The following papers numbered 1 to 9 were read on (1) the application of DB and HD for an order (a) permitting them to intervene in this matrimonial action, (b) staying the issuance of a Judgment of Divorce herein, and (c) granting them a preliminary injunction restraining specified assets of defendant NM, and (2) the cross motion of plaintiff PM for a declaration that Executive Law §632-a is unconstitutional: Amended Order to Show Cause — Affidavit / Exhibits           1-2 Notice of Cross Motion — Affirmation / Exhibits — Affidavits (2) / Exhibit           3-6 Affirmations (2) (Pension Fund)                7-8 Affirmation in Opposition / Exhibits     9 Upon the foregoing papers, it is ORDERED that the motions are disposed of as follows: I. Factual and Procedural Background This is an action for divorce. Plaintiff PM and defendant NM, formerly a police officer employed by the NYC Police Department, were married on March 23, 1998. There are three children of the marriage, presently aged 17, 13 and 9. On August 23, 2017, NM was arrested on charges that he had sexually abused DB and HD over a period of years. On April 11, 2018, he pleaded guilty to two counts of Rape in the First Degree and was sentenced to incarceration for a period of not less than 18 years. A. The Nassau County CVA Lawsuit On March 13, 2020, DB and HD commenced an action against NM under the Child Victims Act seeking compensation for their injuries. The action is pending before the Hon. Steven M. Jaeger in Supreme Court, Nassau County. On August 5, 2020, Judge Jaeger issued an order directing PM and NM and specified third parties to show cause why a temporary restraining order should not be issued pursuant CPLR §6313 and Executive Law §632-a against personal and real property of the M’s. Judge Jaeger granted interim relief, as follows: ORDERED, that pending the hearing of this motion, NM, PM, the New York State Deferred Compensation Plan (aka 457 Plan); the Lieutenants Benevolent Association of the City of New York; the New York City Police Pension Fund; and the New York State Department of Corrections and Community Supervision Inmate Accounts are forbidden to make or suffer any sale, assignment or transfer of, or any interference with, any property in defendant NM’s name, title, possession, custody or control in which the aforementioned garnishees know or have reason to believe that defendant NM has an interest, or pay over or otherwise dispose of any debts said garnishees owed to the defendant in particular, but not limited to, Certain real property located at…New York; Certain personal property contained within a pension in NM’s name with the Lieutenants Benevolent Association of the City of New York; Certain personal property contained within a pension in NM’s name with the New York City Police Pension Fund; and Certain personal property contained within a commissary fund in NM’s name with the New York State Department of Corrections and Community Supervision Commissary. Approximately one week later, on August 13, 2020, Judge Jaeger vacated a portion of the interim relief — to wit, that pertaining to NM’s NYC police pension — as follows: ORDERED, that the portion of the temporary restraining order dated August 5, 2020 that restrained “certain personal property contained within a pension in NM’s name with the New York City Police Pension Fund” is vacated effective this date, pending further Order of the Court. B. The Matrimonial Action and Proposed Intervenors’ Application for a Stay of Judgment of Divorce and Restraint of Defendant’s Property The above captioned action for divorce was commenced on August 31, 2020. Presently pending before this Court is PM’s application for a Judgment of Divorce based on a marital settlement agreement entered into by NM and PM on July 29, 2020. By Amended Order to Show Cause, DB and HD seek an order: (1) permitting them to intervene in this matrimonial action; (2) staying the issuance of the Judgment of Divorce herein; and (3) granting them a preliminary injunction restraining assets of defendant husband NM.1 More specifically, DB and HD seek an order: a. Permitting DB and HD to intervene as third-party plaintiffs pursuant to CPLR §§1012(a)(3) or 1013; b. Staying the issuance of a judgment of divorce and a determination as to the division and/or rights to marital assets and/or obligations to pay spousal maintenance with regards to assets and/or property owned, held devised and/or transferred as between plaintiff PM and defendant NM until such a time as a determination has been made by the Court as to whether Intervenors/Crime Victims DB and HD possess superior claim(s) to such assets and/or property held, owned and/or titled to NM as specified under Executive Law §632-a(1)(c) & (6)(a); c. Granting Intervenors/Crime Victims DB and HD a preliminary injunction restraining plaintiff PM and defendant NM; the New York City Deferred Compensation Plan (a/k/a 457 Plan); the Lieutenant’s Benevolent Association of the City of New York; the New York City Police Pension Fund; the New York State Department of Corrections and Community Supervision; and its employees and assigns from in any way disbursing, distributing, encumbering or assigning such funds, assets and/or properties except those sums which constitute child support and earned income until such a time as the litigation brought by the Intervenors/Crime Victims…is finally determined as authorized by Executive Law §632-a(6) and CPLR §§6301 & 5205(k)…. In their “Proposed Intervenor Third-Party Complaint,” DB and HD invoke Executive Law §632-a. They contend that Section 632-a entitles them to a stay of the matrimonial action and a preliminary injunction restraining NM’s assets pending a final determination in their Child Victims Act lawsuit against him. They seek this relief in order to prevent the equitable distribution of marital property between NM and PM pursuant to the Judgment of Divorce — that is, to prevent PM’s inchoate interest in marital property from ripening into a vested right of ownership. According to the Proposed Intervenors, Executive Law §632-a entitles them, as crime victims, to freeze those marital assets prior to securing a judgment against NM so that the assets remain available to satisfy a prospective judgment in their Child Victims Act lawsuit. II. Legal Analysis A. Executive Law §632-a Determination of the issue before the Court requires an exposition of the tortured history of Executive Law §632-a. The statute, nicknamed the “Son of Sam” Law, was originally enacted in 1977 to permit crime victims to recover any profits earned by convicted criminals as a result of their crimes. The statute was declared unconstitutional by the United States Supreme Court in Simon & Schuster v. Members of N.Y. State Crime Victims Board, 502 U.S. 105 (1991). A new version of Section 632-a was enacted in 1992, and substantively amended in 2001. Minor amendments thereafter made in 2010 and 2011 have no bearing on the case at bar. 1. The Original “Son of Sam” Law Executive Law §632-a (L. 1977, ch. 823) was entitled “[d]istribution of moneys received as a result of the commission of crime.” In substance, the statute provided as follows: (a) Anyone contracting with a person “accused of a crime in this state, with respect to the reenactment of such crime, by way of a movie, book, magazine article, radio or television presentation, live entertainment of any kind, or from the expression of such person’s thoughts, feelings, opinions or emotions regarding such crime, shall pay over to the [crime victims] board2 any moneys which would otherwise, by the terms of such contract, be owing to the person so convicted…” (Executive Law §632-a[1]) (b) “The [crime victims] board shall deposit such moneys in an escrow account for the benefit of and payable to any victim of crimes committed by such person, provided that such person is eventually convicted of the crime and provided further that such victim, within 5 years of the date of the crime, brings a civil action in a court of competent jurisdiction and recovers a money judgment against such person…” (Id., §632-a[1]) This statute, per the Second Department in Barrett v. Wojtowicz, 66 AD2d 604 (2d Dept. 1979), created a new in rem cause of action directed exclusively to the escrow account, funded by profits of the crime, maintained by the Crime Victims Board: …here the Legislature has created a new cause of action pointed, as the title of the section indicates, towards “Distribution of moneys received as a result of the commission of crime”, and in connection therewith has created its own Statute of Limitations. Although the action here is generally grounded on assault and wrongful imprisonment it is based on a statute creating a new in rem cause of action that is not limited to these willful torts but more generally “to any victim of crimes committed by (the accused)”. The Legislature had the right to provide for the same limitation period, no matter what the crime, where the victim seeks the proceeds from listed sources that would otherwise be retained by the criminal…. However, a caveat must be noted. There is no question here that the one-year limitation of CPLR 215 (subd. 3) barred the traditional in personam actions for assault and false imprisonment. Accordingly, any judgment that may be recovered by plaintiff should be deemed one in rem and be limited by the court to a recovery of the pro rata amount which is found to be payable to him from the escrow account held by the Crime Victims Com-pensation Board for the benefit of all the victims of the defendant’s crime and such judgment should not be deemed a judgment in personam against any other assets of the defendant. Barrett v. Wojtowicz, supra, 66 AD2d at 615 (emphasis added). 2. The 1992 Statute Executive Law §632-a (L. 1992, ch. 618, §10) provided in substance as follows: (a) Anyone who “knowingly contracts for, pays, or agrees to pay, any profit from a crime…to a person charged with or convicted of that crime shall give written notice to the crime victims board of the payment, or obligation to pay as soon as practicable after discovering that the payment or intended payment is a profit from a crime.” (Executive Law §632-a[2][a]) (b) “The board, upon receipt of notice of a contract, an agreement to pay or payment of profits of the crime shall notify all known victims of the crime of the existence of such profits at their last known address.” (Id., §632-a[2][b]). (c) “…any crime victim shall have the right to bring a civil action in a court of competent jurisdiction to recover money damages from a person convicted of a crime of which he or she is a victim…within three years of the discovery of any profits of the crime…. Any damages awarded in such action shall be recover-able only up to the value of the profits of the crime….” (Id., §632-a[3]) (d) “Upon filing an action pursuant to subdivision 3 of this section, the victim shall give notice to the crime victims board of the filing by delivering a copy of the summons and complaint to the board. The victim may also give such notice to the board prior to filing the action so as to allow the board to apply for any appropriate provisional remedies which are otherwise authorized to be invoked prior to the commencement of an action.” (Id., §632-a[4]) (e) “Upon receipt of a copy of a summons and complaint, the board shall immedi-ately take such actions as are necessary to: (a) notify all other known victims of the crime of the alleged existence of profits of a crime…(b) publish…a legal notice…advising any crime victims of the existence of profits of a crime…(c) avoid the wasting of the assets identified in the complaint as the newly discovered profits of the crime, in any manner consistent with subdivision 6 of this section.” (Id., §632-a[5]) (f) “The board, acting on behalf of the plaintiff and all other victims, shall have the right to apply for any and all provisional remedies that are also otherwise available to the plaintiff. (a) The provisional remedies of attachment, injunction, receivership and notice of pendency available to the plaintiff under the Civil Practice Law and Rules, shall also be available to the board in all actions under this section. (b)….” (Id., §632-a[6]) Unlike the original Son of Sam Law, which required the payment of profits of a crime to the Crime Victims Board, the 1992 version of the statute provided for notice to the Board of a payment or intended payment of such profits and authorized the Board to take action “to avoid the wasting of the assets” by resorting to available provisional remedies. Construing the 1992 statute, the First Department in NYS Crime Victims Board v. T.J.M. Productions, Inc., 265 AD2d 38 (1st Dept. 2000) wrote: It is clear that the amended Son of Sam Law does not provide any new remedies, but consigns the victim, and the Crime Victims Board acting on behalf of the crime victim and other victims, to the remedies already available to the plaintiff under the Civil Practice Law and Rules…. The Son of Sam Law, as revised, grants no additional substantive remedies to the crime victim but provides that the Crime Victims Board will lend assistance by acting to avoid the wasting of assets. Id., 265 AD2d at 45 (emphasis added). In another respect, the 1992 statute was similar to the original Son of Sam Law: it limited the plaintiff’s recovery to “the value of the profits of the crime.” 3. The 2001 Statute Executive Law §632-a (L. 2001, ch. 62, §1) modified the 1992 Son of Sam Law in two critical respects. First, the 2001 Law encompasses not only profits of a crime, but “any funds of a convicted person”, which is statutorily defined to mean “all funds and property received from any source by a person convicted of a specified crime,…excluding child support and earned income.” See, Executive Law §632-a(1)(c). Second, the 2001 Law eliminated the provision in Executive Law §632-a(3) that “[a]ny damages awarded in such action shall be recoverable only up to the value of the profits of the crime.” There is no extant limitation on a plaintiff’s recovery in a cause of action brought under Executive Law §632-a(3). In all other material respects, the 2001 Law is the same as the 1992 law. It is this 2001 version of the Son of Sam Law (with immaterial amendments subsequently enacted in 2010 and 2011) that governs the proceedings herein. B. Preliminary Injunctions CPLR §6301 provides in pertinent part: A preliminary injunction may be granted in any action where it appears that the defendant threatens or is about to do, or is doing or procuring or suffering to be done, an act in violation of the plaintiff’s rights respecting the subject of the action, and tending to render the judgment ineffectual, or in any action where the plaintiff has demanded and would be entitled to a judgment restraining the defendant from the commission or continuance of an act, which, if committed or continued during the pendency of the action, would produce injury to the plaintiff…. In Credit Agricole Indosuez v. Rosslyskiy Kredit Bank, 94 NY2d 541 (2000), the Court of Appeals held that preliminary injunctions are not available to unsecured creditors to restrain a debtor’s asset transfers during the pendency of an action for money damages. The Court wrote: In applying provisional equitable remedies under civil procedure codes, from as early as 1892 in Campbell v. Ernest, 64 Hun. 188, 19 NYS 123, our courts have consistently refused to grant general creditors a preliminary injunction to restrain a debtor’s asset transfers that allegedly would defeat satisfaction of any anticipated judgment. In Campbell v. Ernest, just as here, plaintiff averred that the “defendant herein will, during the pendency of this action, dispose of his property *** with intent to defraud the plaintiff herein, and to render nugatory any proceeding or effort by this plaintiff to obtain payment of his claim in this action” (id., at 189…). At the time, Section 604(2) of the Code of Civil Procedure authorized a preliminary injunction where the “defendant, during the pendency of the action, threatens or is about to remove or dispose of his property, with intent to defraud the plaintiff.” The Campbell court held that Section 604(2) did not apply “to an action of this character, where a moneyed judgment only is sought” (id., at 192…). Rather, provisional injunctive relief was limited to equitable actions where the defendant threatened to violate the rights of the plaintiff “respecting the subject of the action, which would tend to render the judgment ineffectual” (id….). Campbell explained that, in a pure contract money action, there is no right of the plaintiff in some specific subject of the action; hence, no prejudgment right to interfere in the use of the defendant’s property; and no entitlement to injunctive relief pendente lite. “In no proper or legal sense can a defendant do or permit any act in violation of the plaintiff’s rights respecting the subject of the action, in an action on contract for the recovery of money only. The plaintiff in such an action has no rights as against the property of the defendant until he obtains a judgment, and until then he has no legal right to interfere with the defendant in the use and sale of the same” (id….). More than 100 years after the Campbell v. Ernest decision, the United States Supreme Court, in Grupo Mexicano de Desarrollo v. Alliance Bond Fund, 527 U.S. 308…came to the very same conclusion — that an unsecured creditor suing to collect a debt was not entitled to preliminary injunctive relief to prevent the debtor’s dissipation of assets prior to judgment…. …. Precisely as the New York court reasoned in Campbell, the Supreme Court majority in Grupo Mexicano concluded that no provisional injunctive remedy was available because of “the substantive rule that a general creditor (one without a judgment) had no cognizable interest, either at law or in equity, in the property of his debtor, and therefore could not interfere with the debtor’s use of that property” (id., at 318-320…). It is well worth noting that, in support of that holding, Justice Scalia, writing for the majority, invoked a venerable New York authority on general principles of equity jurisdiction: “As stated by Chancellor Kent: ‘The reason of the rule seems to be, that until the creditor has established his title, he has no right to interfere, and it would lead to an unnecessary, and, perhaps, a fruitless and oppressive interruption of the exercise of the debtor’s rights’” (id., at 318-22…). Our courts have uniformly followed the precept of Campbell v. Ernest, supra, both before and after enactment of the CPLR [cit.om.]. Credit Agricole Indosuez v. Rosslyskiy Kredit Bank, supra, 94 NY2d at 545-547 (italics in original). It appears, then, that Credit Agricole Indosuez v. Rosslyskiy Kredit Bank, supra, would preclude the issuance of a preliminary injunction restraining NM’s asserts during the pendency of the Child Victims Act lawsuit to recover monetary damages only. Query whether, Credit Agricole Indosuez notwithstanding, Executive Law §632-a authorizes the issuance of a preliminary injunction at the behest of either (i) the Crime Victims Board (i.e., Office of Victim Services, hereinafter “OVS”), or (ii) the Proposed Intervenors? C. The Availability Of Preliminary Injunctive Relief Under Executive Law §632-a 1. At the Behest of OVS Executive Law §632-a(5)(c) provides in pertinent part: Upon receipt of a copy of a summons and complaint, [OVS] shall immediately take such actions as are necessary to…(c) avoid the wasting of the assets identified in the complaint as the newly discovered profits of the crime or as funds of a convicted person, in any manner consistent with subdivision 6 of this section. Executive Law §632-a(6) provides in pertinent part: [OVS], acting on behalf of the plaintiff and all other victims, shall have the right to apply for any and all provisional remedies that are also otherwise available to the plaintiff. (a) The provisional remedies of attachment, injunction, receivership and notice of pendency available to the plaintiff under the Civil Practice Law and Rules, shall also be available to [OVS] in all actions under this section. Construing these provisions in NYS Crime Victims Board v. T.J.M. Productions, Inc., 265 AD2d 38 (1st Dept. 2000), the First Department observed that “[i]t is clear that the amended Son of Sam Law does not provide any new remedies, but consigns the victim, and the Crime Victims Board [i.e., OVS] acting on behalf of the crime victim and other victims, to the remedies already available to the plaintiff under the Civil Practice Law and Rules.” Id., at 45. The Third Department did not find the matter so clear, and ruled to the contrary in New York State Crime Victims Board ex rel. Organek v. Harris, 68 AD3d 1269 (3d Dept. 2009). That Court wrote: Respondent’s argument that injunctive remedies are not available to [OVS] because they would not be available to a plaintiff suing for money damages (see CPLR 6301) is unpersuasive. While it is true that such remedies are generally unavailable in actions for damages (see Credit Agricole Indosuez v. Rosslyskiy Kredit Bank…), a crime victim does not stand in the same shoes as a potential ordinary creditor. Indeed, the Legislature went to great lengths to provide avenues to allow crime victims to recover from the convicted persons for the victim’s damages resulting from the crimes. Thus, the inter-pretation of the statute urged upon by respondent to prevent [OVS] from obtaining injunctive relief pending the outcome of such a proceeding would render meaningless the provisions bestowing such authority upon [OVS] and would defeat the very purpose of the statute (see Executive Law §632-a[6]; see generally McKinney’s Cons. Laws of NY, Book 1, Statutes §§111, 144; Matter of SIN, Inc. v. Department of Fin. of City of N.Y., 71 NY2d 616, 621-622…[1988]; Matter of Lewis Family Farm, Inc. v. New York State Adirondack Park Agency, 64 AD3d 1009, 1013-1014…[2009])…. Harris, supra, 68 AD3d at 1271-72. The statute’s purport is indeed unclear: (1) OVS is required to take action “to avoid the wasting of the [convicted criminal's] assets…” See, Executive Law §632-a(5)(c). (2) OVS’s actions in this regard may be exercised “in any manner consistent with subdivision 6 of this section.” See, id. (3) Subdivision 6 accords OVS “the right to apply for any and all provisional remedies that are also otherwise available to the plaintiff.” See, id., §632-a(6). (4) Subdivision 6 further provides that “[t]he provisional remedies of…injunction…available to the plaintiff under the Civil Practice Law and Rules, shall also be available to [OVS] in all actions under this section.” See, id., §632-a(6)(a). (5) However, under longstanding New York law, reaffirmed by the Court of Appeals in Credit Agricole Indosuez v. Rosslyskiy Kredit Bank, supra, a preliminary injunction is not available to the plaintiff in an action for money damages. In other words, Executive Law §632-a does, and does not, authorize OVS acting on behalf of crime victims to apply for a preliminary injunction. In frank recognition of this conflict, the Harris Court resorted to McKinney’s Statutes §§111 and 144, which state: The courts may in a proper case indulge in a departure from literal construction and will sustain the legislative intention although it is contrary to the literal letter of the statute. Statutes will not be construed to render them ineffective. Harris, supra, 68 AD3d at 1271. Departing from the language the Legislature actually employed in the Son of Sam Law in order to effectuate what it conceived to be the Legislature’s intent, the Harris Court resolved the conflict by holding that Executive Law §632-a authorizes OVS to apply for a preliminary injunction even though that provisional remedy is not available to the crime victim herself. That is precisely how the Third Department itself has construed Harris. In Waldman v. State of New York, 163 AD3d 1114 (3d Dept.), lv. denied 32 NY3d 910 (2018), the Third Department wrote: OVS is empowered to “avoid the wasting of” the funds by applying for provisional remedies that would ordinarily be unavailable to an individual suing for money damages… Waldman, supra, 163 AD3d at 1115 (citing Harris). 2. At the Behest of the Proposed Intervenors Harris and its progeny are of no avail to the Proposed Intervenors. The Third Department has consistently followed Harris in upholding awards of preliminary injunctive relief granted at the behest of OVS. See, Waldman v. State of New York, supra; NYS Office of Victim Services v. Vigo, 162 AD3d 1335, 1336-37 (3d Dept. 2018); NYS Crime Victims Board v. Sookoo, 77 AD3d 1227, 1228 (3d Dept. 2010). However, Proposed Intervenors acknowledge that they have not invoked the assistance of OVS by giving notice of their lawsuit to OVS in accordance with Executive Law §632-a[4]. Moreover, they cite no authority — and the Court is aware of none — entitling them to a preliminary injunction in contravention of Credit Agricole Indosuez v. Rosslyskiy Kredit Bank, supra. A review of extant authority yields the following. The First Department, as noted above, has held that the Son of Sam Law creates no provisional remedies beyond those already available to plaintiffs under the Civil Practice Law and Rules. See, NYS Crime Victims Board v. T.J.M. Productions, Inc., supra, 265 AD2d 38, 45 (1st Dept. 2000). The Second Department has yet to address the issue. In Thompson v. 76 Corp., 54 AD3d 844 (2d Dept. 2008), Supreme Court, Kings County issued a preliminary injunction at the behest of a crime victim in a Section 632-a case, but the Second Department held that the question of its propriety was not before the Court since the order granting it had not been appealed. See, id., 54 AD3d at 845. Kane v. Galtieri, 122 AD3d 582 (2d Dept. 2014), a police pension case upon which the Proposed Intervenors rely, is not apropos because it involved a pre-judgment attachment, not a preliminary injunction. See, id., at 584-585. The pertinent Third Department authority is exclusively concerned with provisional remedies issued at the behest of the OVS; in not one case was a preliminary injunction awarded at the behest of an individual crime victim. See, Waldman v. State of New York, supra; NYS Office of Victim Services v. Vigo, supra; NYS Crime Victims Board v. Sookoo, supra; NYS Crime Victims Board ex rel. Organek v. Harris, supra; NYS Crime Victims Board v. Mitchell, 12 AD3d 870 (3d Dept. 2004); NYS Crime Victims Board v. Jackson, 4 AD3d 710 (3d Dept. 2004). Those cases are, of course, predicated on Executive Law §632-a; and Section 632-a, insofar as it addresses the issue of provisional remedies, concerns only OVS’s authority to take action to prevent the wasting of a convicted criminal’s assets. See, id., §632-a(4)(5c)(6). The statute neither expands nor contracts individual crime victims’ rights to pursue provisional remedies on their own. Those rights are defined instead by the Civil Practice Law and Rules. Therefore, the Proposed Intervenors’ reliance on Harris and its progeny is grievously misplaced. Neither is their cause advanced by Prindle v. Guzy, 179 AD3d 1269 (3d Dept. 2020), another police pension case. Prindle involved not a pre-judgment preliminary injunction but a post-judgment restraining notice issued pursuant to CPLR §5222(b). As such, it is not apropos. Accordingly, the matter before the Court turns on whether CPLR §6301, as interpreted by the Court of Appeals in Credit Agricole Indosuez v. Rosslyskiy Kredit Bank, supra, authorizes the issuance of a preliminary injunction at the Proposed Intervenors’ behest. CPLR §6301, once again, provides that “[a] preliminary injunction may be granted in any action where it appears that the defendant threatens or is about to do, or is doing or procuring or suffering to be done, an act in violation of the plaintiff’s rights respecting the subject of the action, and tending to render the judgment ineffectual…” As to “the subject of the action”, the Court of Appeals in Credit Agricole Indosuez wrote: The Campbell court held that Section 604(2) did not apply “to an action of this character, where a moneyed judgment only is sought” (id., at 192…). Rather, provisional injunctive relief was limited to equitable actions where the defendant threatened to violate the rights of the plaintiff “respecting the subject of the action, which would tend to render the judgment ineffectual” (id….). Campbell explained that, in a pure contract money action, there is no right of the plaintiff in some specific subject of the action; hence, no prejudgment right to interfere in the use of the defendant’s property; and no entitlement to injunctive relief pendente lite. “In no proper or legal sense can a defendant do or permit any act in violation of the plaintiff’s rights respecting the subject of the action, in an action on contract for the recovery of money only. The plaintiff in such an action has no rights as against the property of the defendant until he obtains a judgment, and until then he has no legal right to interfere with the defendant in the use and sale of the same” (id….). Credit Agricole Indosuez, supra, 94 NY2d at 545-546. However, where a lawsuit involves claims by a plaintiff to a specific fund, that fund may rightly be regarded as “the subject of the action”, making a preliminary injunction appropriate under the express wording of CPLR §6301. See, id., 94 NY2d at 548. The original Son of Sam Law, as construed by the Second Department in Barrett v. Wojtowicz, supra, 66 AD2d 604 (2d Dept. 1979), created an in rem action involving (1) the creation of a specific fund compromised of profits from a crime, and (2) recovery by crime victims exclusively from that fund. See, Executive Law §632-a (L. 1977, ch. 823); Barrett v. Wojtowicz, supra, 66 AD2d at 615. That specific fund being the subject of the statutory action, preliminary injunctive relief would be authorized by CPLR §6301. However, as set forth hereinabove (see, Point IIA), the original Son of Sam Law no longer exists, and its replacement has been extensively amended to eliminate all trace of the original in rem action. The present Son of Sam Law encompasses not only profits of a crime, but “all funds and property received from any source by a person convicted of a specified crime” (see, Executive Law §632-a [1c][2]); and the crime victim’s recovery on the cause of action created by Executive Law §632-a(3) is no longer limited to any specific fund, such limitation having been eliminated by amendment in 2001 (see, Executive Law §632-a [L. 2001, ch. 62, §1]) Moreover, as the cases make clear, even the exclusion of “child support and earned income” from the statutory definition of “funds of a convicted person” creates no limitation on the crime victims’ ability to recover on the cause of action created by Executive Law §632-a(3): The distinction between earned and unearned income is relevant only to determine whether [OVS] must be notified, and has no effect on the ability of a crime victim or victim’s representative to recover such income in a civil action. NYS Office of Victim Services v. Vigo, supra, 162 AD3d 1335, 1336 (3d Dept. 2018); NYS Crime Victims Board v. Sookoo, supra, 77 AD3d 1227 (3d Dept. 2010). In no meaningful sense, then, is there any specific fund that is the subject of the Proposed Intervenors’ action here. Accordingly, preliminary injunctive relief is not authorized by CPLR §6301.3 D. Conclusion In view of the foregoing, the Proposed Intervenors’ application for an order permitting them to intervene in this matrimonial action, staying the issuance of the Judgment of Divorce herein, and granting them a preliminary injunction restraining assets of defendant NM is denied. Accordingly, the Court need not address plaintiff PM’s cross motion for an order declaring Executive Law §632-a unconstitutional. It is therefore ORDERED, that the motion of Proposed Intervenors DB and HD is denied in its entirety, and the stay of this action is vacated, and it is further ORDERED, that the cross motion of plaintiff PM is denied as moot. The foregoing constitutes the decision and order of the Court. Dated: April 14, 2021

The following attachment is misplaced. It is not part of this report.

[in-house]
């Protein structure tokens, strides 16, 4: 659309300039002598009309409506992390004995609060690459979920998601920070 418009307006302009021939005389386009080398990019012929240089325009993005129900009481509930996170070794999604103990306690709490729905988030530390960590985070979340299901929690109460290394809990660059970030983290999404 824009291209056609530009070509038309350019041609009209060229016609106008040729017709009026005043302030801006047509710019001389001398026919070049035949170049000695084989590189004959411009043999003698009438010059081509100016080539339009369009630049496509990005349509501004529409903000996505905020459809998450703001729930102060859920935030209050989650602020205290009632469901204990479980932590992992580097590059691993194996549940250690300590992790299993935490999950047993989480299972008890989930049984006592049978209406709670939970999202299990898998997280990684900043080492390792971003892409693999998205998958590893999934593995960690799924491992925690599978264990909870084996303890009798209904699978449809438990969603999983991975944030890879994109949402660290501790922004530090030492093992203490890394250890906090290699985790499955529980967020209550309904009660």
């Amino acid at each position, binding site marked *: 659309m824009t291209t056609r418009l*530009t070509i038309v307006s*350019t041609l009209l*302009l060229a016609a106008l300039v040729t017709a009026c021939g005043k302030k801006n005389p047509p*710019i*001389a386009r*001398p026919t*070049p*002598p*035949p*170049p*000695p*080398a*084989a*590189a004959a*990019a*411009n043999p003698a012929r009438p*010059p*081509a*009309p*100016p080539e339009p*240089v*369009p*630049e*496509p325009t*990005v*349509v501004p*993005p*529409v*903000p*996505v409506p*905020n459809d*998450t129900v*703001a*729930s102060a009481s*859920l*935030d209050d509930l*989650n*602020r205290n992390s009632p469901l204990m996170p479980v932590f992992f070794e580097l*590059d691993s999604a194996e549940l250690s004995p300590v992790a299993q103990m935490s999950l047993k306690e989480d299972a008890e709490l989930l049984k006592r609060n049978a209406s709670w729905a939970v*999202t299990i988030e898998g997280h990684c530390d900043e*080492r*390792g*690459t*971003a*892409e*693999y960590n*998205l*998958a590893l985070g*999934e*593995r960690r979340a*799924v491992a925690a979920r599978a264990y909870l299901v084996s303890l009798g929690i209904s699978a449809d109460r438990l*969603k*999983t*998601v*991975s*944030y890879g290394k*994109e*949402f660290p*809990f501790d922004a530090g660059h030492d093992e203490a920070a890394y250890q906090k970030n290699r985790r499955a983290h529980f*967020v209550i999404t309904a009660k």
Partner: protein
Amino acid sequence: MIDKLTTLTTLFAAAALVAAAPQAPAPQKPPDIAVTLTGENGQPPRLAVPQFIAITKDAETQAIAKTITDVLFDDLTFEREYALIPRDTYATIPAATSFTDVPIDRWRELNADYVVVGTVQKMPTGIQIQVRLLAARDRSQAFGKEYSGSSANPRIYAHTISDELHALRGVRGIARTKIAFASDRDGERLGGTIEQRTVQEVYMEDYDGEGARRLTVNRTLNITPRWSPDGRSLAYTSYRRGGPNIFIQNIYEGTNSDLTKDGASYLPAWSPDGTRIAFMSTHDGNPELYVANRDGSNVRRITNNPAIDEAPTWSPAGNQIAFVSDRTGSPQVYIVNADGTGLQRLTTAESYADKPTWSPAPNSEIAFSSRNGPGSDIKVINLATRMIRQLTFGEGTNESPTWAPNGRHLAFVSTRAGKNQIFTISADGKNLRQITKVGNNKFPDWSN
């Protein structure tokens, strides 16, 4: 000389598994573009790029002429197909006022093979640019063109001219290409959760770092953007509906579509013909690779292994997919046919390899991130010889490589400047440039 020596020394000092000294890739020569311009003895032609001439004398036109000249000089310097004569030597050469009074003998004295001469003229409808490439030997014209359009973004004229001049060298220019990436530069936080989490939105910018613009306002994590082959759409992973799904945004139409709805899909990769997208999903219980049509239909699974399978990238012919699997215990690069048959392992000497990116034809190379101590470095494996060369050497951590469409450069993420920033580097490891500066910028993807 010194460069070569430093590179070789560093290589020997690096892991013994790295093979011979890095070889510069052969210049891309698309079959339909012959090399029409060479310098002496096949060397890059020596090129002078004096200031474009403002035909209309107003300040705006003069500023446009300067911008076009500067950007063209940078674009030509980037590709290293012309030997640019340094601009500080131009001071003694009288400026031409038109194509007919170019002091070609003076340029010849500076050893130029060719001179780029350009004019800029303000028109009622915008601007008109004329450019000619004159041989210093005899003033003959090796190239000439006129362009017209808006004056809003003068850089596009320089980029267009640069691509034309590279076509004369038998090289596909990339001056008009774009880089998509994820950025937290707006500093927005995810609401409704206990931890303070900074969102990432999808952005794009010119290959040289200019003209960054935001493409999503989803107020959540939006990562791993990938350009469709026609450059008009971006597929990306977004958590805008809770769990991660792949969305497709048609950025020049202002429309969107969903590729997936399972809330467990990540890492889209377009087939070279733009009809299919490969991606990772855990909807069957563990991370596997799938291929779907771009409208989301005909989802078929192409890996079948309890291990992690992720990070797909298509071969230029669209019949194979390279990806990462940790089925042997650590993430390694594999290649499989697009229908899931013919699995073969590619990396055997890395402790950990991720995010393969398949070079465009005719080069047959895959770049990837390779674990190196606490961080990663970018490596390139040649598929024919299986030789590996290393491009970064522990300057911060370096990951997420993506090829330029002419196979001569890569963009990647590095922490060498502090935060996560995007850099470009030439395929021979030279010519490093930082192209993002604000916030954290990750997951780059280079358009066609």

Reprints & Licensing